Public Humanities Fellows

An innovative and exciting group of community leaders in the arts and humanities serve as Public Humanities Fellows at the John Nicholas Brown Center for Public Humanities and Cultural Heritage. Each fellow works on a public humanities project and becomes a resource for Public Humanities students.  Public Humanities Fellows are culture workers from the non-profit community who use their fellowship to pursue a program of reading, writing, and thinking or to engage in a specific project with the support of Center staff, faculty, and students. 

  • Public Humanities Fellow, Director of Programs and Exhibitions at Providence Public Library

    Current project: Producing Within a Lifetime: Immigration and the Changing City, a conversation series exploring the complexities and universalities of immigration to Rhode Island as reflected in the history of the Pond Street Neighborhood.

  • Public Humanities Community Fellow, Founder and Artistic Director of UPP Arts

    Current project: Working on a series of responses to the Gorham silver show at the RISD Museum, including pop-up exhibits, community conversations about the environmental and labor impacts of the Gorham company, zines, and performances at the Gorham site.

  • Public Humanities Community Fellow, Executive Director, RI Latino Arts

    Current project: Archiving the collections of Nuestras Raices: Latino History of Rhode Island and Rhode Island Latino Arts and actively collecting artifacts, stories and doing research to go into those archives. 

  • Public Humanities Community Fellow, Executive Director at the Little Compton Historical Society

    Current project: Working on an exhibit and a set of public programs, “The Women of Little Compton” and hoping to collaborate with students on research and interviews.   -  In addition, will open an archaeology project with the Public Archaeology Lab investigating two cellar holes in Little Compton, both with Native American, English Settler, and lastly African-American histories for student collaboration.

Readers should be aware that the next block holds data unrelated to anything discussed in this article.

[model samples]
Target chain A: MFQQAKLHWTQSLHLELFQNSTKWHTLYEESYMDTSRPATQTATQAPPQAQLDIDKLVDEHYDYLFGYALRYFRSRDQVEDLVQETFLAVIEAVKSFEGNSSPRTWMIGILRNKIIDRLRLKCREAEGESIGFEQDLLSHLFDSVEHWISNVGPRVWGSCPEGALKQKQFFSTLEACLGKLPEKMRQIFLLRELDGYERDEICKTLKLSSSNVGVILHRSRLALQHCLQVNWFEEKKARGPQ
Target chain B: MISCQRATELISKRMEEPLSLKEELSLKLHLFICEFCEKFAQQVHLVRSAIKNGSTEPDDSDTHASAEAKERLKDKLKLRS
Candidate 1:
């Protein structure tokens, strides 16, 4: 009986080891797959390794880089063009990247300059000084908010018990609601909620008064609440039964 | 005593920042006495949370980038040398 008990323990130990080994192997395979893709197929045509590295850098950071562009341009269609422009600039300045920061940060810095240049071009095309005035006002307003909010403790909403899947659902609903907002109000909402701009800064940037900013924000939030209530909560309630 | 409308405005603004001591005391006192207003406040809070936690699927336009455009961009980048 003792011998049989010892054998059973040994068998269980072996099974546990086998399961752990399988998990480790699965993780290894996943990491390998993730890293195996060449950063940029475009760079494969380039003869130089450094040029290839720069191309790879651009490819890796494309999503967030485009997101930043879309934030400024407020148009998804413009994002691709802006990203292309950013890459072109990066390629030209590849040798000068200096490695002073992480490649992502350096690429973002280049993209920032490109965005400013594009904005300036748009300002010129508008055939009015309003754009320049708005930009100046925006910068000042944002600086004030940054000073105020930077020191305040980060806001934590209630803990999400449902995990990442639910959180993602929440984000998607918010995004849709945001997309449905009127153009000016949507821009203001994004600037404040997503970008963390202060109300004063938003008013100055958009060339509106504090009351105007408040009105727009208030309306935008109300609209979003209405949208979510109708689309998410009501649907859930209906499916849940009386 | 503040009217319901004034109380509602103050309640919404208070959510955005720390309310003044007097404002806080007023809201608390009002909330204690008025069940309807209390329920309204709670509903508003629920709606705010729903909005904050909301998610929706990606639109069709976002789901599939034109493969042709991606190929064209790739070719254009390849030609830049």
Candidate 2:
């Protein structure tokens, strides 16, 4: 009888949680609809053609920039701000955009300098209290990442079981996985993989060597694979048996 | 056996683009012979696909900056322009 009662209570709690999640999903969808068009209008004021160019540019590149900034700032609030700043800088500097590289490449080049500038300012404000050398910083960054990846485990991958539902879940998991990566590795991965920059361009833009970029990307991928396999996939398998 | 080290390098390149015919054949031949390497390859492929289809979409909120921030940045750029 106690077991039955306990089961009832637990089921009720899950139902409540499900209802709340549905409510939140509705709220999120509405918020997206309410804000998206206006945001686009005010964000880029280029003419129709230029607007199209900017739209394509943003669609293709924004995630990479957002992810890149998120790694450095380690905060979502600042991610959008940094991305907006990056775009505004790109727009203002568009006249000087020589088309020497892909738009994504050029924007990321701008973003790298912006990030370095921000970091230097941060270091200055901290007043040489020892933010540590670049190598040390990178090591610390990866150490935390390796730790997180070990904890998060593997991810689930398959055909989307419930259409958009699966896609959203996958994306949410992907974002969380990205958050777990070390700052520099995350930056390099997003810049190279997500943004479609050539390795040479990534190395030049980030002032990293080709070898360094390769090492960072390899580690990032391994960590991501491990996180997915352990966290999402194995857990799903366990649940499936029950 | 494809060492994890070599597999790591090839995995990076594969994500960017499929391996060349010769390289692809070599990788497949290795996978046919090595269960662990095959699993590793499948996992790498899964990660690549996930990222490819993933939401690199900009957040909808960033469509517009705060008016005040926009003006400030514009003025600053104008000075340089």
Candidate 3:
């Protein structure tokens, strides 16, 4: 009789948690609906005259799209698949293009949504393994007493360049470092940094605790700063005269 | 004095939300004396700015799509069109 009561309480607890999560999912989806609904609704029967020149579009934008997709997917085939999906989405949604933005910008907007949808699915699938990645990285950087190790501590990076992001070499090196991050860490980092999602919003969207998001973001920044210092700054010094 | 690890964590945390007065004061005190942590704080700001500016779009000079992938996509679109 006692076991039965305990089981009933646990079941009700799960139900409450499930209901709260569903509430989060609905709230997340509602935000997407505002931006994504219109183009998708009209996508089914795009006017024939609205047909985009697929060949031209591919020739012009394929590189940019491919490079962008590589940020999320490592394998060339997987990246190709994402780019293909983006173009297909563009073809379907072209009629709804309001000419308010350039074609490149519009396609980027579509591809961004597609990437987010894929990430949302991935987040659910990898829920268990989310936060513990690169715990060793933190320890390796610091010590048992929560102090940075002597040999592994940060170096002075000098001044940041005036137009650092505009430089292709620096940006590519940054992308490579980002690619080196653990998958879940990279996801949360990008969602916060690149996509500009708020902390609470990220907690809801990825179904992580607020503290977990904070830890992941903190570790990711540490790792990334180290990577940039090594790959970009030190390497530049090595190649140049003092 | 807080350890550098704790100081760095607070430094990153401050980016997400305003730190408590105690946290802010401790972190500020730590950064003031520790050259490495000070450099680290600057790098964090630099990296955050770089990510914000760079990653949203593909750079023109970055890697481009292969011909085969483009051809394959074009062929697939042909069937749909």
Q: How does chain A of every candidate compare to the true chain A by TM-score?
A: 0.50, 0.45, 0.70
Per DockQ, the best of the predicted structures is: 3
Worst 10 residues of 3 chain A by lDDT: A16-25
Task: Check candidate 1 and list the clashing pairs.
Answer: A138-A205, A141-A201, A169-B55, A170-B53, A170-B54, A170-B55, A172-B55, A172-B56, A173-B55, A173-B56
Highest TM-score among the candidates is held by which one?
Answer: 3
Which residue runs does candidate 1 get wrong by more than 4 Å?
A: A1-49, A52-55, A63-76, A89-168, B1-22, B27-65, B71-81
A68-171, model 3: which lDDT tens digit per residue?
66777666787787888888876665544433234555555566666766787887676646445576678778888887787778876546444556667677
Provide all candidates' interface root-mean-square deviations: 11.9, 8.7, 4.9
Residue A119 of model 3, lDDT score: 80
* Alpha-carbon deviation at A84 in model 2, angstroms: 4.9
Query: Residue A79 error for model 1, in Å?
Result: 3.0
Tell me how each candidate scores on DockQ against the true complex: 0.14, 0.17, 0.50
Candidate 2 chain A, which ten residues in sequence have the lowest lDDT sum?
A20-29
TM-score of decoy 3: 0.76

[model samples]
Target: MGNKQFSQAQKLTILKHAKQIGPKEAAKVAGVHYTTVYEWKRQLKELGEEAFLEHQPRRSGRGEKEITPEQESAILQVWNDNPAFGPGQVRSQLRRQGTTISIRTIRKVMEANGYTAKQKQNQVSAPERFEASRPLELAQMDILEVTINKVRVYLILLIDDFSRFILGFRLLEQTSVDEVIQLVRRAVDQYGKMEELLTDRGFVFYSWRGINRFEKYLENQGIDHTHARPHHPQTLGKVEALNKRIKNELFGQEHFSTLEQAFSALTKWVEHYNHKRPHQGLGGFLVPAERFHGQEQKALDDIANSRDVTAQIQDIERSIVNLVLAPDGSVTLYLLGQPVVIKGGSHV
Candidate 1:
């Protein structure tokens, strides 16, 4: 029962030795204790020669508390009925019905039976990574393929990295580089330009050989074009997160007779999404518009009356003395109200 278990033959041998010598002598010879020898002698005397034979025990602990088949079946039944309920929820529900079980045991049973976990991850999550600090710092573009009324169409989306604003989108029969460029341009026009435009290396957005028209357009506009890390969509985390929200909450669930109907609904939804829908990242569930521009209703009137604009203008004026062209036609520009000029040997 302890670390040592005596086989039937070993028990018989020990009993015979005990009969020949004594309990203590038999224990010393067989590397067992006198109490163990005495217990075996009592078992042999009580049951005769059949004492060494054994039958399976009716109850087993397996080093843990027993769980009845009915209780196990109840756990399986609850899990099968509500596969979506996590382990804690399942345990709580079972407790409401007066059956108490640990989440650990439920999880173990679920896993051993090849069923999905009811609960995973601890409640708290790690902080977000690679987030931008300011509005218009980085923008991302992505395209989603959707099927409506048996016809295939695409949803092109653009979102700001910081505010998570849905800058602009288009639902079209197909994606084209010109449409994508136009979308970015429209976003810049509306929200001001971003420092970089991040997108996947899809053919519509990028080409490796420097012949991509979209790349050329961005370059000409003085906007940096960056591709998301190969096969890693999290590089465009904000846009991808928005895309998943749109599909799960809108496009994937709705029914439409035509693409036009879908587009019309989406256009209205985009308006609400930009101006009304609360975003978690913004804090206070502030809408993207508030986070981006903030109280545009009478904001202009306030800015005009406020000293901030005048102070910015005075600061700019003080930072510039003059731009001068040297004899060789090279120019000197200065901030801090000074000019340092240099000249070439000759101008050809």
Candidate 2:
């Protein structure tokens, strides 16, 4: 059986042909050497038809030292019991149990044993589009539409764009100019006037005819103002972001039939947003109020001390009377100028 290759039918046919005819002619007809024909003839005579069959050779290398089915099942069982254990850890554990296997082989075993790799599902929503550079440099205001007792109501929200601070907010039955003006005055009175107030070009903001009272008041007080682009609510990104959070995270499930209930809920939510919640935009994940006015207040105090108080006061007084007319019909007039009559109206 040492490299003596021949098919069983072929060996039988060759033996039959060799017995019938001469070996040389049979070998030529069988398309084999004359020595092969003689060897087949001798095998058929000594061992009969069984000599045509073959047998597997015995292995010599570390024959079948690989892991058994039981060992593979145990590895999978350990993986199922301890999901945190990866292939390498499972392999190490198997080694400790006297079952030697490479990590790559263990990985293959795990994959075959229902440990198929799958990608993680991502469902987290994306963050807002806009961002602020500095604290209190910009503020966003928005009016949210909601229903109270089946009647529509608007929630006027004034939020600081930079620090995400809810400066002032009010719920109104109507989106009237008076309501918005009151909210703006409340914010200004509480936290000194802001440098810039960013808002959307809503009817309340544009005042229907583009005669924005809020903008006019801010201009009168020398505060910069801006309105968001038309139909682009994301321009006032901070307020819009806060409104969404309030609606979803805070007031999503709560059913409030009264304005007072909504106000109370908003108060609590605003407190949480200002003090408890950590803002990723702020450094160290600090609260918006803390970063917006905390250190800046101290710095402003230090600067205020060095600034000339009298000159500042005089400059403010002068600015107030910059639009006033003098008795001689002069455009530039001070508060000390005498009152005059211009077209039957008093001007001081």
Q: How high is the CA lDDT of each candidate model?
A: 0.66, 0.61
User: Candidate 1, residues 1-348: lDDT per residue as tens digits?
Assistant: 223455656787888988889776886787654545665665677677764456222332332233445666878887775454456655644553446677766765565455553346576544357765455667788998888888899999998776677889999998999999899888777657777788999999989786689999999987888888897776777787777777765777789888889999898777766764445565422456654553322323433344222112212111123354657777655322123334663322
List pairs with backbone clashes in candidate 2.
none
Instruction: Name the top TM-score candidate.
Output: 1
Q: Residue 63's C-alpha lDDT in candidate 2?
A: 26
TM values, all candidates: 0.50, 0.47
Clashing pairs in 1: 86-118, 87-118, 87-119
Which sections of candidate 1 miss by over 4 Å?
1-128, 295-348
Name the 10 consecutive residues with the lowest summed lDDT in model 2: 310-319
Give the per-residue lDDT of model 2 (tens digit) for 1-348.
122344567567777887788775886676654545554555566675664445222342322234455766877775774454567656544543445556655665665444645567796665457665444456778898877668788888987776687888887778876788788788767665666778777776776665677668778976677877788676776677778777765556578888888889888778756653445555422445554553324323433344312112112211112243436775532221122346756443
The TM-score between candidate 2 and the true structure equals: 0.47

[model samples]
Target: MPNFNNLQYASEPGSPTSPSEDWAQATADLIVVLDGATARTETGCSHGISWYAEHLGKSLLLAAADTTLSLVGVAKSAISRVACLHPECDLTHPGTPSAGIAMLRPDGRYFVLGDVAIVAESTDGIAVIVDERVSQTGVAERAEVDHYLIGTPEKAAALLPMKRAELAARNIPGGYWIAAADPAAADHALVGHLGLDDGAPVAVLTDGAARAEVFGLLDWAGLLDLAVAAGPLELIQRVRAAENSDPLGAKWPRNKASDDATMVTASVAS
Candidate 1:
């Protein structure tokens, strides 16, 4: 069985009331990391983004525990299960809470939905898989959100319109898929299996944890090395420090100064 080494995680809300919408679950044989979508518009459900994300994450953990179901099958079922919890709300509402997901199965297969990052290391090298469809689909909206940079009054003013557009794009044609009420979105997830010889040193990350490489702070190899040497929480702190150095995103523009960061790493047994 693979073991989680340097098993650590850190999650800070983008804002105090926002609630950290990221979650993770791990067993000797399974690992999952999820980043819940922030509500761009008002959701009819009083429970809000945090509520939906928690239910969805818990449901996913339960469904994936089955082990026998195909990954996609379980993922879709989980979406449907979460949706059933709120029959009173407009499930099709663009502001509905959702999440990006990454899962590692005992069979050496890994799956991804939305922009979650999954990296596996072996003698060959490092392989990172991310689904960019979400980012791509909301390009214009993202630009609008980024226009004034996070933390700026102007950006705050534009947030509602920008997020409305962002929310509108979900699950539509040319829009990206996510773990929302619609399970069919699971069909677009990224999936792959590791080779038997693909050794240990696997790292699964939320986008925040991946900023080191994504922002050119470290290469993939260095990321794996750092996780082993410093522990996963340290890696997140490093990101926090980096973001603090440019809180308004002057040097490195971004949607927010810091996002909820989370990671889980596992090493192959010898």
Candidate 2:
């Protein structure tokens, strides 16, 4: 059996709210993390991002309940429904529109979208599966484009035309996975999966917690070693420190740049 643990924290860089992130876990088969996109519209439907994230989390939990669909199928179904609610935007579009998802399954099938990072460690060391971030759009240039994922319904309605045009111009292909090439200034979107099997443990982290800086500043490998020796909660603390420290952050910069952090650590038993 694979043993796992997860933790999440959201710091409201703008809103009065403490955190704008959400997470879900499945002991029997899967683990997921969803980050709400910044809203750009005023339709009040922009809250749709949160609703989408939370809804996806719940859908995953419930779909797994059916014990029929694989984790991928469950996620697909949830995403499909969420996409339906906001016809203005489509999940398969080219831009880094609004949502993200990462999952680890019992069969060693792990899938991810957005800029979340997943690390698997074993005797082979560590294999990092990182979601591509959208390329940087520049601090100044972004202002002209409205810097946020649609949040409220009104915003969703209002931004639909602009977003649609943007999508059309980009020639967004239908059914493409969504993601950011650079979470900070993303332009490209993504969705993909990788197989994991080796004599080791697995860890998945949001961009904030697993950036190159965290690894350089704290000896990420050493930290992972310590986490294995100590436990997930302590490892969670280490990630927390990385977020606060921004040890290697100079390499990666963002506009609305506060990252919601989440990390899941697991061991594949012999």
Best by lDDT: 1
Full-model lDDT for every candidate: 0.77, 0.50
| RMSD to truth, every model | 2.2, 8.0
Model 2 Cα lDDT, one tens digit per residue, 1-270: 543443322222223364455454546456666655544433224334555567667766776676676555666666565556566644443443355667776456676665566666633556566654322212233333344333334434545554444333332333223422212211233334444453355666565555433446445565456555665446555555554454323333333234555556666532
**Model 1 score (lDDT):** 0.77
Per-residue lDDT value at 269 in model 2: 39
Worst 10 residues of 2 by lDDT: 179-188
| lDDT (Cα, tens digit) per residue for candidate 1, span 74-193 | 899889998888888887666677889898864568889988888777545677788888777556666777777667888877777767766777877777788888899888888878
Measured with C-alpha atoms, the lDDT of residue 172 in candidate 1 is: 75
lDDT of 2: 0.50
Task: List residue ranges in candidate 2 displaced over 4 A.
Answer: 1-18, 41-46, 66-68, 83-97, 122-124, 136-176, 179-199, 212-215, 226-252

• Executive Director, Tomaquag Museum

    Lorén M. Spears, Narragansett, Executive Director of Tomaquag Museum, has been an educator for 25 years, has served as an adjunct faculty at Brown University and at University of Rhode Island. She shares her cultural knowledge and traditional arts learned through her family with the public through museum programs.

  • Public Humanities Community Fellow, Curator of Rhode Island Collections at Providence Public Library

    Current project: Thinking about community archiving in light of communications theory and social practice art as part of preparing a Providence Public Library workbook for community archives; presenting a Lunch Talk at the Center for Public Humanities; and continuing collaboration on Hacking Heritage.

  • Public Humanities Fellow, Director of Literary Engagement and Outreach at School One

    Diana Champa is the Director of Literary Engagement and Outreach at School One where she oversees literary arts programming and community engagement. Before this position she worked for Prime Cut Productions and the Van Morrison Rhythm and Blues Foundation in Northern Ireland.

  • Public Humanities Fellow, Executive Director at Providence ¡CityArts! for Youth

    Taylor Jackson was born and raised in Conway, AR. She received a B.A. in History from Rhodes College located in Memphis, TN, and an M.A.

  • Public Humanities Fellow, Outreach & Program Manager at JFK Library and Museum

  • Public Humanities Fellow, Curator of Collections at Plimoth Plantation

    Jade Luiz is Curator of Collections at Plimoth Plantation and received her Ph.D. from Boston University. For her dissertation, she specialized in historical archaeology, nineteenth-century urbanism, gender, and archaeology of the senses. Her research delves into the history of